6) Twilight of Edo Japan
This is probably going to be my most controversial take that I’m sure plenty will disagree with but I felt like this was a missed opportunity.
Twilight of Edo Japan focuses on a shinobi in training named Oboromaru. He’s tasked with freeing a prisoner and, in the process, finds out about an ancient evil that needs to be vanquished. It’s a branching linear game that requires you to either use stealth or violence to make your way through a massive complex filled with secrets, hidden bosses, hidden characters that help you and more. It’s also features of the most beautiful visuals in the game.
So why is it number six?
First off, the stealth is insane. If you’ve been discovered, just throw up your “Shadowed Self” blanket and the enemy will immediately stop and forget you were ever there. There’s a bizarre password mechanic where a verbal password switches between two different responses every time a bell tolls…which would be tricky if not for the fact that every time the bell tolls your character literally says something like “I guess the password is ‘origin’ now.” It removes any reason for the bells to be there.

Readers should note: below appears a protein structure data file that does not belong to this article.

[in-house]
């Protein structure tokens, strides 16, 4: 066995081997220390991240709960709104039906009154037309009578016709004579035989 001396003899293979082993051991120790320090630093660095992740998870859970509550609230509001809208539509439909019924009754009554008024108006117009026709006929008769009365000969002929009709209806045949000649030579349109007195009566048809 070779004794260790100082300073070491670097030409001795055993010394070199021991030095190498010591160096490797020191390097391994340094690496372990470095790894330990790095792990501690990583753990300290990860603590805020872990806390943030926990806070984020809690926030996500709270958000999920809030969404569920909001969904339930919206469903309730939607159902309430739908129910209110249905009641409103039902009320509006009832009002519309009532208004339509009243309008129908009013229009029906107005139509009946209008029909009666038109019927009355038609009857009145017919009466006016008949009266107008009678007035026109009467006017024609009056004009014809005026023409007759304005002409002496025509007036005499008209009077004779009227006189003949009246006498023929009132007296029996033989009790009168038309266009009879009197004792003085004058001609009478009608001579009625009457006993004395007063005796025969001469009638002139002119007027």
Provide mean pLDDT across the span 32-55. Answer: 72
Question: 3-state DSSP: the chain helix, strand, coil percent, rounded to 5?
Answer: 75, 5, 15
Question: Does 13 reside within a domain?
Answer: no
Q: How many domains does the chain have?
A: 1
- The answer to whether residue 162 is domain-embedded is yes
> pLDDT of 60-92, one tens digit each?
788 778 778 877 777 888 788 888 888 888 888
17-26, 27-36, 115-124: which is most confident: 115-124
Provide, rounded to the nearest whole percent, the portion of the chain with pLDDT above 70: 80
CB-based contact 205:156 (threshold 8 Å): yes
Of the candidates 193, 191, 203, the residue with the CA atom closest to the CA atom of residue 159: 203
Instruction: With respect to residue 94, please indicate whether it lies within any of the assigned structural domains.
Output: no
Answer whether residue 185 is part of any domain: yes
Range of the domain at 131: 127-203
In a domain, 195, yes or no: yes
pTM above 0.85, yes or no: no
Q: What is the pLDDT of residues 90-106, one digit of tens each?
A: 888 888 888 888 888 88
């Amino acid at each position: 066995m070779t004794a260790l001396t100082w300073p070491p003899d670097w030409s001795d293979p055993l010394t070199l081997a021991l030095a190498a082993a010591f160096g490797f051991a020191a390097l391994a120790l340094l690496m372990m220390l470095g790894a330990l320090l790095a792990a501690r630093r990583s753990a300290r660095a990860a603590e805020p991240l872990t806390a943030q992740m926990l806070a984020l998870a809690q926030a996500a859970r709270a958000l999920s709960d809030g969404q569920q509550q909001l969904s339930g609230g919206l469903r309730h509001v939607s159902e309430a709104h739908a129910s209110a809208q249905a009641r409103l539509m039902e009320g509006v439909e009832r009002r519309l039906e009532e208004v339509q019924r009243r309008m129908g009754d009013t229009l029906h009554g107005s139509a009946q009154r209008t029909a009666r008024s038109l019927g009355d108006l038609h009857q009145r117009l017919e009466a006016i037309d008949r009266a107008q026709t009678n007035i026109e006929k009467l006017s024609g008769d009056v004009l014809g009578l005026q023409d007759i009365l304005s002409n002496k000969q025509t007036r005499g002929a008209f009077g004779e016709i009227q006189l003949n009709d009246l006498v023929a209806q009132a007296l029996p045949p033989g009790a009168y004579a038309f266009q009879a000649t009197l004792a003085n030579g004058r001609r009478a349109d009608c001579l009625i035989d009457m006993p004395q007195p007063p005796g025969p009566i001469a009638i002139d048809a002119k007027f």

Also, remember how I said it had some of the most beautiful visuals? That’s when you’re outside. Unfortunately, you spend a lot of time inside with rooms decorated like someone tried to make a log cabin in Minecraft. This is extra unfortunate considering you’re going to spend a lot of time lost in these halls as the map they give you is one of the most confusing things I’ve ever seen.
Two things I did enjoy though.
I thought the final boss was interesting as Lord Ode has a second form that felt very Ghibli-esque whenever someone succumbs to greed. Also, it has a hidden boss that’s really difficult named Lord Iwonna who’s literally just a giant coy fish. I don’t know why I love fighting a large realistically rendered fish but let me have my little joys.